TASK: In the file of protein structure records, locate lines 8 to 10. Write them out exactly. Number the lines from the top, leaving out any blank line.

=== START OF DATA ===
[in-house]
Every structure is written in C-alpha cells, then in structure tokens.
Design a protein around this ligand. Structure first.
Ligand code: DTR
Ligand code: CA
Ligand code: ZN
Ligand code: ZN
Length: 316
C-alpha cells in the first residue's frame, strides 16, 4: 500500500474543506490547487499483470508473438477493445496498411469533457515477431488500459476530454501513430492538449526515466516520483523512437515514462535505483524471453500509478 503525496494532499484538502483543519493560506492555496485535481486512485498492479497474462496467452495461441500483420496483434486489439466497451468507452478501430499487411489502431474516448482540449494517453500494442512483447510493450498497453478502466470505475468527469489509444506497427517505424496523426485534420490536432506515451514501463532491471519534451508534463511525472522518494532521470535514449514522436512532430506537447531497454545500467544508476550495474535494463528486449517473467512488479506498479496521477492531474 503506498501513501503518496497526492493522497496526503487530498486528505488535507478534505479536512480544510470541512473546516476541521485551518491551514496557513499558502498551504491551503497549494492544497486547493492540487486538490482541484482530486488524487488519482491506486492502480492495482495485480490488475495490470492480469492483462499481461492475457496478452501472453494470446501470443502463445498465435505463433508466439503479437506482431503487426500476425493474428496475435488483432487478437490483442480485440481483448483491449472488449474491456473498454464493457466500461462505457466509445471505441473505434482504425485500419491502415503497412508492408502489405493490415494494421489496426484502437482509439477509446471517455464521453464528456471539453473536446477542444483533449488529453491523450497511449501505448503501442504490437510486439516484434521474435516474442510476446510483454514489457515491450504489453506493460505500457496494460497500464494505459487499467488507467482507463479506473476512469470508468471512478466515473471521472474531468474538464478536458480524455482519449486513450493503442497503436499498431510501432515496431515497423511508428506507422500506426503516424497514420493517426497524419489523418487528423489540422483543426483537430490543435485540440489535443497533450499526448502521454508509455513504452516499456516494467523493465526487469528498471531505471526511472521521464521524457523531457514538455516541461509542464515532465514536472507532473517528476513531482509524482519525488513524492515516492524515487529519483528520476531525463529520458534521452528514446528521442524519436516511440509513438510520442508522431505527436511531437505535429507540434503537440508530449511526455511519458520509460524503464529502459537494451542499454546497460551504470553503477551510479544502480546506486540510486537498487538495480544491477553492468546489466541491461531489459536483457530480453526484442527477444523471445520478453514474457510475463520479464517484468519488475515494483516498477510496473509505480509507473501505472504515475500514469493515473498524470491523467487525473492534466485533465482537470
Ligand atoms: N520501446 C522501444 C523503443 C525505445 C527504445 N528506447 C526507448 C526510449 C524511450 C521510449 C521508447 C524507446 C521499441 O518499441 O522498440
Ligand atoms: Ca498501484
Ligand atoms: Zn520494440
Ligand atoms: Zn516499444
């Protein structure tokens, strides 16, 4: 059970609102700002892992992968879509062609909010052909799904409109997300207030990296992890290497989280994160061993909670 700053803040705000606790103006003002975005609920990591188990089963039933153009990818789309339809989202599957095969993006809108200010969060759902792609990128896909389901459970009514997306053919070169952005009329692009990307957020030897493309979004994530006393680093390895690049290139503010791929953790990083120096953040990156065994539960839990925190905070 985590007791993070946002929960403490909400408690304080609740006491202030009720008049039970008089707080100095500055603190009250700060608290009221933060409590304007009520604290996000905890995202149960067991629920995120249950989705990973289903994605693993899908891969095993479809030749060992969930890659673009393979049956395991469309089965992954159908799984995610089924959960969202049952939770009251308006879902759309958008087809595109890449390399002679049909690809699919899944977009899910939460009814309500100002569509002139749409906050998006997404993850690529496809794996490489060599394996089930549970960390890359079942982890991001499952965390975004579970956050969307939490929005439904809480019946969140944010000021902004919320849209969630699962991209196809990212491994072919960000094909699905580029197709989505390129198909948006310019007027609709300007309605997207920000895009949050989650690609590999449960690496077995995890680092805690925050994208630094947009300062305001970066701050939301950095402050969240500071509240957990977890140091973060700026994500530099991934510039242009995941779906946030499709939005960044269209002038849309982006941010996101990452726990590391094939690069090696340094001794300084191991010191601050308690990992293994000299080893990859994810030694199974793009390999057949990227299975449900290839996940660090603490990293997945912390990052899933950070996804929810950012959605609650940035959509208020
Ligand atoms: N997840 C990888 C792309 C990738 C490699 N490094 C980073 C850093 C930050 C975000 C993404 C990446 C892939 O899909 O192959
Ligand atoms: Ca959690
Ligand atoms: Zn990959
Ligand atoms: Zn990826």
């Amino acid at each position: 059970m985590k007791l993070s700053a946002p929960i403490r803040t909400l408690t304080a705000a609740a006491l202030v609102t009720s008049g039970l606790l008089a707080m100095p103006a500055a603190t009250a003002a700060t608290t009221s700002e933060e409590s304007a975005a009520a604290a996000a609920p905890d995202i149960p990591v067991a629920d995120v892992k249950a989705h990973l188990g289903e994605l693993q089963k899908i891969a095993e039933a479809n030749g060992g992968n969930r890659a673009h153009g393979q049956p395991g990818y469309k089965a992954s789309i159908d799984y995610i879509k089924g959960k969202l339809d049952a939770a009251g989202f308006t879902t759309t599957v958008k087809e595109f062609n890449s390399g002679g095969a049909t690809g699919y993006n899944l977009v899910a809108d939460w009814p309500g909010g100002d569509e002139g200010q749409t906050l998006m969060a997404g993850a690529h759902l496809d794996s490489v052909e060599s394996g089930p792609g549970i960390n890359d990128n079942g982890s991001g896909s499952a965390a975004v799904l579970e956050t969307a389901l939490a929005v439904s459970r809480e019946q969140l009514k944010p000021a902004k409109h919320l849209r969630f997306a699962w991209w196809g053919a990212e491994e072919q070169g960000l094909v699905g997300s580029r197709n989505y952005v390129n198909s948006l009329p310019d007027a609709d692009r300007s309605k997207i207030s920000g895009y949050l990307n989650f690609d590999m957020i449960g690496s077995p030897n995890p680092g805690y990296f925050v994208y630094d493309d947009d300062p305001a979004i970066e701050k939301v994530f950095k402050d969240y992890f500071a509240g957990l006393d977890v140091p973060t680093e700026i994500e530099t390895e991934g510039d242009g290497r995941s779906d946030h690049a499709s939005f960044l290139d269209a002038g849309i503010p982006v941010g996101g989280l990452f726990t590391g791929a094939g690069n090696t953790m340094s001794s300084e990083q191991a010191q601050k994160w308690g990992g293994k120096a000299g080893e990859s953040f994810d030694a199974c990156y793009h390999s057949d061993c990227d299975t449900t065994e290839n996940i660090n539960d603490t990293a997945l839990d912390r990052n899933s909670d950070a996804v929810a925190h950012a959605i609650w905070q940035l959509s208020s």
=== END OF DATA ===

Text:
Length: 316
C-alpha cells in the first residue's frame, strides 16, 4: 500500500474543506490547487499483470508473438477493445496498411469533457515477431488500459476530454501513430492538449526515466516520483523512437515514462535505483524471453500509478 503525496494532499484538502483543519493560506492555496485535481486512485498492479497474462496467452495461441500483420496483434486489439466497451468507452478501430499487411489502431474516448482540449494517453500494442512483447510493450498497453478502466470505475468527469489509444506497427517505424496523426485534420490536432506515451514501463532491471519534451508534463511525472522518494532521470535514449514522436512532430506537447531497454545500467544508476550495474535494463528486449517473467512488479506498479496521477492531474 503506498501513501503518496497526492493522497496526503487530498486528505488535507478534505479536512480544510470541512473546516476541521485551518491551514496557513499558502498551504491551503497549494492544497486547493492540487486538490482541484482530486488524487488519482491506486492502480492495482495485480490488475495490470492480469492483462499481461492475457496478452501472453494470446501470443502463445498465435505463433508466439503479437506482431503487426500476425493474428496475435488483432487478437490483442480485440481483448483491449472488449474491456473498454464493457466500461462505457466509445471505441473505434482504425485500419491502415503497412508492408502489405493490415494494421489496426484502437482509439477509446471517455464521453464528456471539453473536446477542444483533449488529453491523450497511449501505448503501442504490437510486439516484434521474435516474442510476446510483454514489457515491450504489453506493460505500457496494460497500464494505459487499467488507467482507463479506473476512469470508468471512478466515473471521472474531468474538464478536458480524455482519449486513450493503442497503436499498431510501432515496431515497423511508428506507422500506426503516424497514420493517426497524419489523418487528423489540422483543426483537430490543435485540440489535443497533450499526448502521454508509455513504452516499456516494467523493465526487469528498471531505471526511472521521464521524457523531457514538455516541461509542464515532465514536472507532473517528476513531482509524482519525488513524492515516492524515487529519483528520476531525463529520458534521452528514446528521442524519436516511440509513438510520442508522431505527436511531437505535429507540434503537440508530449511526455511519458520509460524503464529502459537494451542499454546497460551504470553503477551510479544502480546506486540510486537498487538495480544491477553492468546489466541491461531489459536483457530480453526484442527477444523471445520478453514474457510475463520479464517484468519488475515494483516498477510496473509505480509507473501505472504515475500514469493515473498524470491523467487525473492534466485533465482537470
Ligand atoms: N520501446 C522501444 C523503443 C525505445 C527504445 N528506447 C526507448 C526510449 C524511450 C521510449 C521508447 C524507446 C521499441 O518499441 O522498440